In December, Greenpeace urged the federal government to investigate oil companies and organizations that dispute the risks of climate change under the federal Racketeer Influenced and Corrupt Organizations (RICO) Act. Specifically, Greenpeace media officer Cassady Sharp called upon the Justice Department to undertake a “broad” investigation to “look into the role of [ExxonMobil and] other fossil fuel companies, trade associations, and think tanks in sowing doubt about the risks of climate change.”
Greenpeace was not the first to call for RICO investigations into those who oppose costly climate change policies. Sen. Sheldon Whitehouse (D-R.I.) made a similar call last year (prompting criticism from home-state press), as have others. Greenpeace may soon have second-thoughts about its embrace of RICO, however.
Earlier today, Resolute Forest Products filed a civil RICO suit in a federal district court in Georgia, alleging a pattern of defamatory and fraudulent behavior by Greenpeace and allied organizations. According to the 100-plus-page complaint (and appendix), Greenpeace and its affiliates are a RICO “enterprise” that have waged a deliberately defamatory campaign against Resolute, misrepresenting the company’s practices and environmental record in order to raise funds and promote Greenpeace’s environmentalist agenda:
The common purpose of the Greenpeace Enterprise was to target Resolute with a disinformation campaign that could be used to fraudulently induce millions of dollars in donations from individual donors and foundations that could be used to fund the salaries of the enterprise members and its leaders, perpetuate more fraudulent fundraising, and expand the campaign to direct attacks on Resolute customers that would provide even more powerful fundraising opportunities.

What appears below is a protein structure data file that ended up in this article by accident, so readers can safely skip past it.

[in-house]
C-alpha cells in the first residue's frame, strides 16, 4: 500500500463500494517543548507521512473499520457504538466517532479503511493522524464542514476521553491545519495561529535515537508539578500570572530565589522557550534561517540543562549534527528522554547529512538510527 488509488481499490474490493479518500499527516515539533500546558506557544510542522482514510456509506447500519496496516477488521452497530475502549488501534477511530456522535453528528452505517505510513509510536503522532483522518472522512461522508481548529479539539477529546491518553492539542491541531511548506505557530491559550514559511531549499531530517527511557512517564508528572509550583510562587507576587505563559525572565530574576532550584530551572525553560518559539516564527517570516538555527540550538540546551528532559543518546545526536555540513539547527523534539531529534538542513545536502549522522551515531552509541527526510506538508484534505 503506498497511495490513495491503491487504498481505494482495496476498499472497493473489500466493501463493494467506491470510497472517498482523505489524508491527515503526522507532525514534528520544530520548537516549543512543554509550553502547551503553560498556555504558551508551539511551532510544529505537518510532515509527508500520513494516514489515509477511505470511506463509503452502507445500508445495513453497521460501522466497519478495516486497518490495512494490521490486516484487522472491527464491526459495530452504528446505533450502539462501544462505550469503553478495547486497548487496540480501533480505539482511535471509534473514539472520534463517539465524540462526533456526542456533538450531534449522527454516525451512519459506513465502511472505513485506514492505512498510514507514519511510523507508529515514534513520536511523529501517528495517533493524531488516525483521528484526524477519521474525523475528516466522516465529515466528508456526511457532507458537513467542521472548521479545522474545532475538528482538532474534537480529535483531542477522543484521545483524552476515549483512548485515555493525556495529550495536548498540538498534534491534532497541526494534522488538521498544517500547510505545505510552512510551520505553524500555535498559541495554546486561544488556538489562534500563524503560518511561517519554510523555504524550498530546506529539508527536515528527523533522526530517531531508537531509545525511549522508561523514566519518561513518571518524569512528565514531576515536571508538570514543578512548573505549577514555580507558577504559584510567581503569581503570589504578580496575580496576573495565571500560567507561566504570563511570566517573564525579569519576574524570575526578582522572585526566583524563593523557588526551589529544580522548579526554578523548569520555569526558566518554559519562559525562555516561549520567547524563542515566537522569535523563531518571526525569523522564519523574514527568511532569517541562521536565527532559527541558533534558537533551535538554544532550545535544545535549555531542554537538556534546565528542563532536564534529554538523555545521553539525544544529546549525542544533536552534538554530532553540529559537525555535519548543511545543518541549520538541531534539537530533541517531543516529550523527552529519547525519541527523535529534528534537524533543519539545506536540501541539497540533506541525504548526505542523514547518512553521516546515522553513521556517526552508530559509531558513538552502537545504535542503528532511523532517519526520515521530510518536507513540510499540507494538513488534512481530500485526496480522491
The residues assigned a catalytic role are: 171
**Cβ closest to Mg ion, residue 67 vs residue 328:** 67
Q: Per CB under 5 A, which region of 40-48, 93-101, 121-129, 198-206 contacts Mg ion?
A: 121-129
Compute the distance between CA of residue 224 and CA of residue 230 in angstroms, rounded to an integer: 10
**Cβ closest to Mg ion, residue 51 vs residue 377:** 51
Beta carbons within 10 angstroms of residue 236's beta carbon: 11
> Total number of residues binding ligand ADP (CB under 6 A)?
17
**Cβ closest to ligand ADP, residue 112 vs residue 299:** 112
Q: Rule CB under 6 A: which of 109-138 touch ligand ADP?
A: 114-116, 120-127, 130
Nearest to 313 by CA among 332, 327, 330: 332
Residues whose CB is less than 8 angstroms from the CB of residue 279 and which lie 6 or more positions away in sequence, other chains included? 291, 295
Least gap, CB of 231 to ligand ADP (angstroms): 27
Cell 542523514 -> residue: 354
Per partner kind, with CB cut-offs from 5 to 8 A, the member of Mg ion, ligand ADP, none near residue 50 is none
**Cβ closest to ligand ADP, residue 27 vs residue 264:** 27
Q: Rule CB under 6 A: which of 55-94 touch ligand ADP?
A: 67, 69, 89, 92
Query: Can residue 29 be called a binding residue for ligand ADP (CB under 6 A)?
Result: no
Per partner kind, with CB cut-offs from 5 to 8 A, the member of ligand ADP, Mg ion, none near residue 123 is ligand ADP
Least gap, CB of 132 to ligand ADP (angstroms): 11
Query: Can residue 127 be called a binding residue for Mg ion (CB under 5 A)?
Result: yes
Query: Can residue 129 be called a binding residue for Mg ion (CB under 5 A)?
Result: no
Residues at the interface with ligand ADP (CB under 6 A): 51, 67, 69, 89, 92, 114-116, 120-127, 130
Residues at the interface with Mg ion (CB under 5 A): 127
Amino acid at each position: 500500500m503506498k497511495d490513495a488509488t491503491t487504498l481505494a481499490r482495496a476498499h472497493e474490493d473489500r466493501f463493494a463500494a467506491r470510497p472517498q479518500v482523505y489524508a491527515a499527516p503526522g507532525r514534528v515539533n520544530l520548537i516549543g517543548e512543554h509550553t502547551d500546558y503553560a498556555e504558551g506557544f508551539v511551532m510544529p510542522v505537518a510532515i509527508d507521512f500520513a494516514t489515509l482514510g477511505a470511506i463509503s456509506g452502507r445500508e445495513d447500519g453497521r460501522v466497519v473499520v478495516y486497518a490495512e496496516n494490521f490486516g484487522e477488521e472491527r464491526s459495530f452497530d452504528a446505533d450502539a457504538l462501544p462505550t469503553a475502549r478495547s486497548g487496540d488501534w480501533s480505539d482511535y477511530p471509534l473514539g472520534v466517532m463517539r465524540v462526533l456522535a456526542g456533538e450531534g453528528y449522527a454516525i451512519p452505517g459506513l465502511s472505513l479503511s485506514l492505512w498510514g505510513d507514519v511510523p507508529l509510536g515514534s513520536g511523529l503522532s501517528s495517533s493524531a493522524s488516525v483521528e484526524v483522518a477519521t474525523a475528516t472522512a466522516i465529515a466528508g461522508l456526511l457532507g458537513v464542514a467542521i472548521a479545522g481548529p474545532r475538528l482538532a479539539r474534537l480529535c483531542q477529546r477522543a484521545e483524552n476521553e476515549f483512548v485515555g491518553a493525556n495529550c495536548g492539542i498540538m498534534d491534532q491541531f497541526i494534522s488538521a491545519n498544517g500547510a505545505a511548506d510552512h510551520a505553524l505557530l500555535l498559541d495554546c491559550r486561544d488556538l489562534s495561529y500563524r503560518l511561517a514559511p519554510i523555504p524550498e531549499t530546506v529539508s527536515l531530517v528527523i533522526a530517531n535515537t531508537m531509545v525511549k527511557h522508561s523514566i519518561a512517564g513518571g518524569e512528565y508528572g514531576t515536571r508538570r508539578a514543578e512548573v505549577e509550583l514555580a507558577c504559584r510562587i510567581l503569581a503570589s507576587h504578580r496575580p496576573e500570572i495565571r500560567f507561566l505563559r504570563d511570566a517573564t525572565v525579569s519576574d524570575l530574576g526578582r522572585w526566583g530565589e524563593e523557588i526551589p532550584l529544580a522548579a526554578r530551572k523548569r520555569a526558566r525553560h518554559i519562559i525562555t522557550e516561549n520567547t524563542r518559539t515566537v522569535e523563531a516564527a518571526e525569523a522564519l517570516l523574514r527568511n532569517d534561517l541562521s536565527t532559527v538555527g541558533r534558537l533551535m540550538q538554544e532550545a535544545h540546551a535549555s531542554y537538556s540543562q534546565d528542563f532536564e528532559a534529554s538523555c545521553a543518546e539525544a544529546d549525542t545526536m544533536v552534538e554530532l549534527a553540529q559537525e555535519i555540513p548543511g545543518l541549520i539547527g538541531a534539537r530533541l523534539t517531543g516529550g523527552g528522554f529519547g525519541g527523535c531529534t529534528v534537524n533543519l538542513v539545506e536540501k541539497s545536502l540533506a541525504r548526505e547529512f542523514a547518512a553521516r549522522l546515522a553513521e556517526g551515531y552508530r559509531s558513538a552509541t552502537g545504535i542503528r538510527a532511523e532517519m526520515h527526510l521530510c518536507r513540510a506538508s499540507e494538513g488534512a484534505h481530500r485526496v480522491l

In perpetuating this fraudulent scheme, Greenpeace has developed a playbook that is readily recognizable. It identifies or manufactures a hot-button environmental issue;disseminates sensational, alarmist, and false claims about impending calamity related to that issue; targets a high-profile company to vilify for the impending calamity, including by staging fake videos, photographs, and other evidence (such as staging animal slaughters by Greenpeace members impersonating others, and misrepresenting ordinary trees that have fallen as “ancient trees” harvested by its targets or photos and videos of one location or event passed off as another); bombards supporters with urgent requests to “DONATE NOW”; and directs extortive demands, tortious interference, and other illegal conduct at its targets and their customers. When Greenpeace’s extortion succeeds, it insists that its target publicly endorse its campaign and lies,which it then uses to drive more donations and attacks
The heart of Resolute complaint is that Greenpeace and its affiliates have repeatedly and systematically misrepresented the company and its forest practices as part of its fundraising efforts. According to Resolute, Greenpeace officials and representatives knowingly and deliberately make false and sensationalist claims about the company when seeking publicity and soliciting donations, including (but not limited to) fabricating evidence of Resolute’s alleged environmental malfeasance.
I confess that I’m no big fan of RICO, particularly when used to fight what is ultimately a political battle, but if the statute may be deployed against climate skeptics (as Greenpeace has urged), I see no reason why it can’t be used against environmentalist groups as well, particularly if (as Resolute alleges) some groups are deliberately fabricating evidence as part of their media and fundraising campaigns. This last point is important, for Resolute is not merely disputing Greenpeace’s rhetorical claims or disputing its conclusions (though it does this). Resolute also maintains that Greenpeace officials and affiliates deliberately falsified evidence (such as by doctoring photographs).
Perhaps now that it is a RICO defendant and faces the prospect of expansive discovery in addition to a substantial financial judgment, Greenpeace might consider that it’s better to wage policy fights in the policy arena — with facts and logical arguments — and not the courtroom. One can only hope.
Interestingly enough, today’s RICO filing is not Resolute’s first legal attack on Greenpeace. The company also filed a defamation claim against Greenpeace in a Canadian court. How this suit proceeds might give Greenpeace and its allies second thoughts about Michael Mann’s defamation claims against climate skeptics as well. (The appeal in Mann’s suit is still pending in a D.C. court after 18 months.)